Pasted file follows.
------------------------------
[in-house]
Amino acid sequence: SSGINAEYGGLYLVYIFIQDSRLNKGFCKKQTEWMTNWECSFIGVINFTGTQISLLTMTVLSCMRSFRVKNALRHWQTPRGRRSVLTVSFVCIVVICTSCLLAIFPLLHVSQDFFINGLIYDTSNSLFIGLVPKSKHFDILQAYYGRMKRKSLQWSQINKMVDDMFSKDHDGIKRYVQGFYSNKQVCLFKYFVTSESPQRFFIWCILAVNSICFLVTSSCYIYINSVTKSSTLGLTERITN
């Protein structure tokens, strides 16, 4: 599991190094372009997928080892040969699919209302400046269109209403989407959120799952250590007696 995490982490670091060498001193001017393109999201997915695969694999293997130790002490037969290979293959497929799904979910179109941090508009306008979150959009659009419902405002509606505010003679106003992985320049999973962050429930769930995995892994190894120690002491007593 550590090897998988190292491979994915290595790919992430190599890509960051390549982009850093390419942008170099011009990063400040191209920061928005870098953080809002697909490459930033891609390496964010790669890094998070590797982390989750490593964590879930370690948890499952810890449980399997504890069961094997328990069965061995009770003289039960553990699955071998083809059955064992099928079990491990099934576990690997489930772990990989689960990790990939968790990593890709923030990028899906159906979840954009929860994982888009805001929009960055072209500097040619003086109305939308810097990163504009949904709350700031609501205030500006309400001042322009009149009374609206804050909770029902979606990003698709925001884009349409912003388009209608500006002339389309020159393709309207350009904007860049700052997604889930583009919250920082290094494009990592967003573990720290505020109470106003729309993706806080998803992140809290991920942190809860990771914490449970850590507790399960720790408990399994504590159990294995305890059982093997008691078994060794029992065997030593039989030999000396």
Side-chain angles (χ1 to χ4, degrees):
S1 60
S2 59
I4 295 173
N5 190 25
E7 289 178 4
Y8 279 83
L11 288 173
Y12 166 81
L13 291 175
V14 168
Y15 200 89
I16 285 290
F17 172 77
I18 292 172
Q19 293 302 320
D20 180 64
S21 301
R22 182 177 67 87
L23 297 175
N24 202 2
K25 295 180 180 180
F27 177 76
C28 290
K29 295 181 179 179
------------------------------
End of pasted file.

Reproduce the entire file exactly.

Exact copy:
[in-house]
Amino acid sequence: SSGINAEYGGLYLVYIFIQDSRLNKGFCKKQTEWMTNWECSFIGVINFTGTQISLLTMTVLSCMRSFRVKNALRHWQTPRGRRSVLTVSFVCIVVICTSCLLAIFPLLHVSQDFFINGLIYDTSNSLFIGLVPKSKHFDILQAYYGRMKRKSLQWSQINKMVDDMFSKDHDGIKRYVQGFYSNKQVCLFKYFVTSESPQRFFIWCILAVNSICFLVTSSCYIYINSVTKSSTLGLTERITN
């Protein structure tokens, strides 16, 4: 599991190094372009997928080892040969699919209302400046269109209403989407959120799952250590007696 995490982490670091060498001193001017393109999201997915695969694999293997130790002490037969290979293959497929799904979910179109941090508009306008979150959009659009419902405002509606505010003679106003992985320049999973962050429930769930995995892994190894120690002491007593 550590090897998988190292491979994915290595790919992430190599890509960051390549982009850093390419942008170099011009990063400040191209920061928005870098953080809002697909490459930033891609390496964010790669890094998070590797982390989750490593964590879930370690948890499952810890449980399997504890069961094997328990069965061995009770003289039960553990699955071998083809059955064992099928079990491990099934576990690997489930772990990989689960990790990939968790990593890709923030990028899906159906979840954009929860994982888009805001929009960055072209500097040619003086109305939308810097990163504009949904709350700031609501205030500006309400001042322009009149009374609206804050909770029902979606990003698709925001884009349409912003388009209608500006002339389309020159393709309207350009904007860049700052997604889930583009919250920082290094494009990592967003573990720290505020109470106003729309993706806080998803992140809290991920942190809860990771914490449970850590507790399960720790408990399994504590159990294995305890059982093997008691078994060794029992065997030593039989030999000396």
Side-chain angles (χ1 to χ4, degrees):
S1 60
S2 59
I4 295 173
N5 190 25
E7 289 178 4
Y8 279 83
L11 288 173
Y12 166 81
L13 291 175
V14 168
Y15 200 89
I16 285 290
F17 172 77
I18 292 172
Q19 293 302 320
D20 180 64
S21 301
R22 182 177 67 87
L23 297 175
N24 202 2
K25 295 180 180 180
F27 177 76
C28 290
K29 295 181 179 179